Who Is Vesta?
Vesta is the virgin goddess of domestic life, the hearth and the home. The hearth was a very important element of the ancient Roman home, and was the place where the meals were prepared. Seemingly, it is still important today as home life continues to center around the kitchen.
In ancient Rome, a sacred fire burned in the Temple of Vesta in the Roman Forum. The flames were guarded by priestesses, the Vestal Virgins, the only female priests in ancient Rome. They swore a pledge to protect the fire at Vesta’s altar and to keep it burning. Ancient Romans believed the extinction of the fire could bring terrible luck and misfortune to the empire, so their guardianship was very important for the protection of the city.
Each year on the first of March, the eternal fire was renewed. It continued to burn until the year 391, when pagan worship was outlawed by the Emperor. Vesta had her own festival too, the Vestalia, celebrated only by women. They honored her by walking in barefoot procession to the temple where the sacred fire burned.
The goddess Vesta was the very beautiful first born daughter of the Titans Kronos and Rhea. She was swallowed by her father, along with most of her brothers and sisters. Her brother Jupiter, who later became the chief of the gods, managed to escape the huge appetite of Kronos and freed Vesta and the others. Being the first one eaten, she was the last to be released, so the Romans considered her both the oldest and the youngest of the gods.
Her lovely appearance gained Vesta the lustful attention of many of the male gods. Both Apollo and Neptune proposed marriage to her, but she refused them and appealed to her brother Jupiter to allow her to remain an eternal virgin.
Her wish was granted, and Vesta became the symbol of home and family and an icon of domestic tranquility. She was worshipped in every household in Rome. The Latin word for hearth is focus. , and we use that word today to denote the center of attention or activity. It’s clear that the goddess of the hearth played an important role in the lives of the people. They made sacrifices by the fire, and threw them into the flames to burn.
There were no images of Vesta inside of her temple. It was believed that no bodies could originate from the important element of fire. Her image was placed in an entry, often accompanied by her favorite animal, the donkey. That association was gleaned from her connection with baking, which was of course done at the hearth. Donkeys were the animals that pulled the millstone to grind wheat for the bread. She also held flowers and sometimes a kettle, representations of home life. Unlike other goddesses who appeared in various states of undress, Vesta was always fully clothed.
The priestesses of Vesta took a vow of chastity and spent their time devoted to study and religious rituals. They were selectively chosen for the position when they were under the age of 10, taken from their parents, brought to the temple, and sworn to celibacy for 30 years. The first 10 years were for study, the next to serve, and the last 10 were spent as a teacher. Once the 30 years had passed, the vestal was retired and replaced. She was given a pension and allowed to marry. Generally, the marriages were arranged by the high priest called the Pontus Maximus, who was the overseer of the virgins. Marrying a former Vestal was considered an honor, and also lucky. However, many of the retired vestals preferred not to marry at all, and chose to keep their rights, and live out their retirement on a comfortable nest egg. Notably, the ceremony for choosing the Vestal Virgins was called a captio, which means capture. Seems a fitting title for a 30-year investment in service.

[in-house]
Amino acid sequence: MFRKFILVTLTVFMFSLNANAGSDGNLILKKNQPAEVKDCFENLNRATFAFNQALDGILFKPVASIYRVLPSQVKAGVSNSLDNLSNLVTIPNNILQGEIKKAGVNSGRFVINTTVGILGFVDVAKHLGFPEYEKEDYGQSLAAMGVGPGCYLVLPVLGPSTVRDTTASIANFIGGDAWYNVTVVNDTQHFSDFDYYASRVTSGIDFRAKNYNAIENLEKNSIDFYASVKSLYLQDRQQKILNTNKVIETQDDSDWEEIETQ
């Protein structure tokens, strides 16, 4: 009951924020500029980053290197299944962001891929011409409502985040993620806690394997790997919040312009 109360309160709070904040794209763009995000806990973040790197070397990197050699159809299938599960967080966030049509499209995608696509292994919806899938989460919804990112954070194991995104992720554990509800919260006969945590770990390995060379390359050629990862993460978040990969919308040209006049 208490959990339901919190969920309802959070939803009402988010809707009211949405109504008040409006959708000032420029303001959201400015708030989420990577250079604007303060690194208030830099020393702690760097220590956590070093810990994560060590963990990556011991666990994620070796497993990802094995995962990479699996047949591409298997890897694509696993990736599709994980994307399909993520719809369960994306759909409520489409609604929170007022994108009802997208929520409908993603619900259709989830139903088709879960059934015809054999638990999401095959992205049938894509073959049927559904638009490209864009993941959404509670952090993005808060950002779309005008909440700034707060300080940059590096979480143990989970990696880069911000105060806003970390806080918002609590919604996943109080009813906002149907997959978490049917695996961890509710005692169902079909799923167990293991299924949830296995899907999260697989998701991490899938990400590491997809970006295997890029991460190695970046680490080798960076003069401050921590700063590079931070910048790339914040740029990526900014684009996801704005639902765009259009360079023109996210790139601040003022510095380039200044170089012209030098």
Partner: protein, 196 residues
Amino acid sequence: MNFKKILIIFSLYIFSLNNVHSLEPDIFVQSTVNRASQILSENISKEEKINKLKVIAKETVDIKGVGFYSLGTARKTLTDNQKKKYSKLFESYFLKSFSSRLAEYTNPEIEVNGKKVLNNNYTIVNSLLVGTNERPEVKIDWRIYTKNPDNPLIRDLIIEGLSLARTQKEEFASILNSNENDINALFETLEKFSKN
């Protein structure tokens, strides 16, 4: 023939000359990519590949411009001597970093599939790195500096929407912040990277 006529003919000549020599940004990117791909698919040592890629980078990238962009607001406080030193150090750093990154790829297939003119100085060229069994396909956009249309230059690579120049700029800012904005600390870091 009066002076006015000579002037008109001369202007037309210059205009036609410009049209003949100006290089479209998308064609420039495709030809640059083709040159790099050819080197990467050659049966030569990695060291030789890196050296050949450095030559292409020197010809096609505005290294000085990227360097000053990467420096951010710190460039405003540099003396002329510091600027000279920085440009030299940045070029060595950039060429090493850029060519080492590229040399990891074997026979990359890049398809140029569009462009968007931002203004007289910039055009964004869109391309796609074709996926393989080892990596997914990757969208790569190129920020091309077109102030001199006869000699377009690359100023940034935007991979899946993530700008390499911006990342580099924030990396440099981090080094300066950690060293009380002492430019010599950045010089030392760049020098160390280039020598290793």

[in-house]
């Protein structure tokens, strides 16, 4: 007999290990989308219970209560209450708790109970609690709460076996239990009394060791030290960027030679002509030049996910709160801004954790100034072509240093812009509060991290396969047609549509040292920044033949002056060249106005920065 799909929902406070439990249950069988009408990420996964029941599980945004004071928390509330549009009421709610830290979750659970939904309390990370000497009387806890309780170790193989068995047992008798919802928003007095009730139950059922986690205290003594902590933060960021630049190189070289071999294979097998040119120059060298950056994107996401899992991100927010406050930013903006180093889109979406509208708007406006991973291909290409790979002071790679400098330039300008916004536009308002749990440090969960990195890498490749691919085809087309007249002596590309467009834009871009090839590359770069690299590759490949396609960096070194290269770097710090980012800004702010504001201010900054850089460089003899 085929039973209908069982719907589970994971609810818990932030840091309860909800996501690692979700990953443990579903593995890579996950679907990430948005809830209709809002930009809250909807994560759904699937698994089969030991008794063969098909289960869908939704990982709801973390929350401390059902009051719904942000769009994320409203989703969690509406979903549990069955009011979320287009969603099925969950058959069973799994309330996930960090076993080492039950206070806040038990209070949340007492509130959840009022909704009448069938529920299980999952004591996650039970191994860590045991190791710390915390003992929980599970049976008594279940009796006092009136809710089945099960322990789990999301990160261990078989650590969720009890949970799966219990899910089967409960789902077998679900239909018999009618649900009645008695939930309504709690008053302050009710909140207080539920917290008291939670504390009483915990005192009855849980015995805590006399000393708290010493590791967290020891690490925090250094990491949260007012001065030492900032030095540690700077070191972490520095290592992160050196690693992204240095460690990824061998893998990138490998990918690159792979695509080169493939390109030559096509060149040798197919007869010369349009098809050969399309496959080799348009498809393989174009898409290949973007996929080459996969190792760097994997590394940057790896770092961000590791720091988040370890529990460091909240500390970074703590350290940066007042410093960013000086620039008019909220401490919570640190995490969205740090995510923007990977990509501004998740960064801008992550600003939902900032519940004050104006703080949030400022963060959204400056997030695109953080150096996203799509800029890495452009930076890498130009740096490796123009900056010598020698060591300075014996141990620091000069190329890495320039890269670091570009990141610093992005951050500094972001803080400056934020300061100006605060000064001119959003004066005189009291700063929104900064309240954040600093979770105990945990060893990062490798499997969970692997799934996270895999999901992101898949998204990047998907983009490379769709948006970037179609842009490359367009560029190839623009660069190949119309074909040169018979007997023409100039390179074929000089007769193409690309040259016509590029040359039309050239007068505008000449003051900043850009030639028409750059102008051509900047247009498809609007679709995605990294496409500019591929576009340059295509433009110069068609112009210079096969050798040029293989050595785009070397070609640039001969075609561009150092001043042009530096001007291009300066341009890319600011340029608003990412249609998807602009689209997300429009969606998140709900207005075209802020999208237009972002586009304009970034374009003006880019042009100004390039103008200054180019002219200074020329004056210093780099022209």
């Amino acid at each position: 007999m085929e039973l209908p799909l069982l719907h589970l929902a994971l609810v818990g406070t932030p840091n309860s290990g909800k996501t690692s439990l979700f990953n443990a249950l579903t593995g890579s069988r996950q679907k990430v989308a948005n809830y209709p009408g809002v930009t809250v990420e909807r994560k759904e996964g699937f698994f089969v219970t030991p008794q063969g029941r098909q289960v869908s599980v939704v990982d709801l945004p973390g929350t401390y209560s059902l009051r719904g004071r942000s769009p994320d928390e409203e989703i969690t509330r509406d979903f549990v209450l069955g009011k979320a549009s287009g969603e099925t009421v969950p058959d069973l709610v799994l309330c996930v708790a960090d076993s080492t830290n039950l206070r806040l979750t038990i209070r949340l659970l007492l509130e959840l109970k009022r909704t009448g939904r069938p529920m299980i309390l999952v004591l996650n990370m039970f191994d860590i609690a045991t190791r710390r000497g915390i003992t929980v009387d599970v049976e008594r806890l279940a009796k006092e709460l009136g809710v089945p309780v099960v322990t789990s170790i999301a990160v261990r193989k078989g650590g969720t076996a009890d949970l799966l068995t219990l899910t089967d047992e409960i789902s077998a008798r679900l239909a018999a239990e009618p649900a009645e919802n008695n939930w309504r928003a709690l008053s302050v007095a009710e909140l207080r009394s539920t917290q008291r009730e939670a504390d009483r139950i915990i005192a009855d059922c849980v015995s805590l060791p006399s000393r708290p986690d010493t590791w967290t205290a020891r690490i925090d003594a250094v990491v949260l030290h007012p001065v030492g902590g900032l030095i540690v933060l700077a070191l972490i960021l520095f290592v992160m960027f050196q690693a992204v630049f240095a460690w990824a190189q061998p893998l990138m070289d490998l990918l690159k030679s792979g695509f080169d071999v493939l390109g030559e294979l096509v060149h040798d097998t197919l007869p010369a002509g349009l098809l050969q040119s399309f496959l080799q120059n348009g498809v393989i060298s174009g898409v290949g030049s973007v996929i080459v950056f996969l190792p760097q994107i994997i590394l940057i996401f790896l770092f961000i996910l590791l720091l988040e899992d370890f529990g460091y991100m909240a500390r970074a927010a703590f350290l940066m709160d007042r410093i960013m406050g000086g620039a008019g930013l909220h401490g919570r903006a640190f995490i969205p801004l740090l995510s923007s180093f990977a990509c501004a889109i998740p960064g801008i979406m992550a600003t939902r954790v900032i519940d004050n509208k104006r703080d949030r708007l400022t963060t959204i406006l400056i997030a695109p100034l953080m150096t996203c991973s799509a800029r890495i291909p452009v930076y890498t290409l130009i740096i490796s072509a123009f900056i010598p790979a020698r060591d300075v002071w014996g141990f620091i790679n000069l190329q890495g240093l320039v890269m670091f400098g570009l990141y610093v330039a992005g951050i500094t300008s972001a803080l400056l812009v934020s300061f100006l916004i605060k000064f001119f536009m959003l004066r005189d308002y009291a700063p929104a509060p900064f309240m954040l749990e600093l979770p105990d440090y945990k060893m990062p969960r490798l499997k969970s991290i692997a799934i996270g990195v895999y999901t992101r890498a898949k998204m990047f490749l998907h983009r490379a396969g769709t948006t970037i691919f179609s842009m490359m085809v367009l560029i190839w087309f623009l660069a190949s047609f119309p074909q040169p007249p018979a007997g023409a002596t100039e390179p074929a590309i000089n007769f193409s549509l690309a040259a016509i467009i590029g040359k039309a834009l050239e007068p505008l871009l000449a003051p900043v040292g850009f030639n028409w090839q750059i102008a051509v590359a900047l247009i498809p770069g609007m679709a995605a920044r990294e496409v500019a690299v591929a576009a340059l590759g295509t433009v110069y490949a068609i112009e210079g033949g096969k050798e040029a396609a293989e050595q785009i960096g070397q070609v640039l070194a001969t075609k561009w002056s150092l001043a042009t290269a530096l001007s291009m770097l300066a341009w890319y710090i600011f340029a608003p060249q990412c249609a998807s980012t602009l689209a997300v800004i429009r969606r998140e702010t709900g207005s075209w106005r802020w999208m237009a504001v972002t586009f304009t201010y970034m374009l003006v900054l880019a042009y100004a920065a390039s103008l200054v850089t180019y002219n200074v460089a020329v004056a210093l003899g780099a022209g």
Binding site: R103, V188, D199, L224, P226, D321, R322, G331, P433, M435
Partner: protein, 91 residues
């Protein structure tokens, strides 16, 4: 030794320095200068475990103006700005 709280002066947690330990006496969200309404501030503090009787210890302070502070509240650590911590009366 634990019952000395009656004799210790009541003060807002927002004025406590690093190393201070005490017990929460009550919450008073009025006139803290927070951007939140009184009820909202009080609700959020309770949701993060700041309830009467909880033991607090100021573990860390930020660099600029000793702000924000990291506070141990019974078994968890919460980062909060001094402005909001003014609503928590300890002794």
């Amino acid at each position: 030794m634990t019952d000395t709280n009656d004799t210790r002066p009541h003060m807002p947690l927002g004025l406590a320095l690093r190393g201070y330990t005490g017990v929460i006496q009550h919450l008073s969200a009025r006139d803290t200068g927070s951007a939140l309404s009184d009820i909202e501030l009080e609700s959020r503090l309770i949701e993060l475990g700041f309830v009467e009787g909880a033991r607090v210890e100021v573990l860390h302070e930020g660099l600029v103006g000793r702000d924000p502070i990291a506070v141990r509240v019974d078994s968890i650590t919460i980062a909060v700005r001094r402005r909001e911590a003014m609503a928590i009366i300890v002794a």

Life as a Vestal Virgin also had its privileges. They were escorted by guardians to all public gatherings and rode in a carriage. At the Coliseum games, they sat in special seats of honor with a great view of the events. Their judgment and character were considered impeccable and they became the trustees of important documents of the city and it citizens. Unlike the other women of the society, they were not subject to the rule of the male head of household, and along with that freedom came the right to own property. They also had the right to vote. The penalty for harming a Vestal was death.
Since they were considered to be married to the state, a sexual relationship by a Vestal was considered treason. The punishment was to be buried alive in an underground chamber near the gates of the city. Since physically harming a Vestal was a crime, they were left to die with a few days of food and water. This horrific punishment wasn’t something that happened very often, but there were a few cases over the one thousand years of the Order of Vestals.
Vestal Tuccia, accused of breaching her vow of chastity, was condemned but she performed a miracle by carrying water in a sieve and that got her off the hook. Vestal Postumia was admonished for her inappropriate manner of dress and merriness unbecoming to her position, but she also managed to escape the burial chamber. The men accused with those who were actually found guilty of breaking their chastity were whipped to death.
Christianity eventually took over the pagan religion in Rome, but the flames of Vesta’s eternal fire continued to burn. Candle lighting ceremonies still prevalent today are reminiscent of the traditions of Vesta. The Order of the Vestals ended, but a new order of less powerful celibate priestesses was formed: nuns.
As one of very few goddesses immune to the spells of Venus, the goddess of love, Vesta could not be forced to love anyone. It’s interesting that an unmarried childless virgin represented home life in ancient Rome. Nevertheless, a focus on family values and dedication to home life is a valued attribute today, in both Christian homes and throughout society as a whole.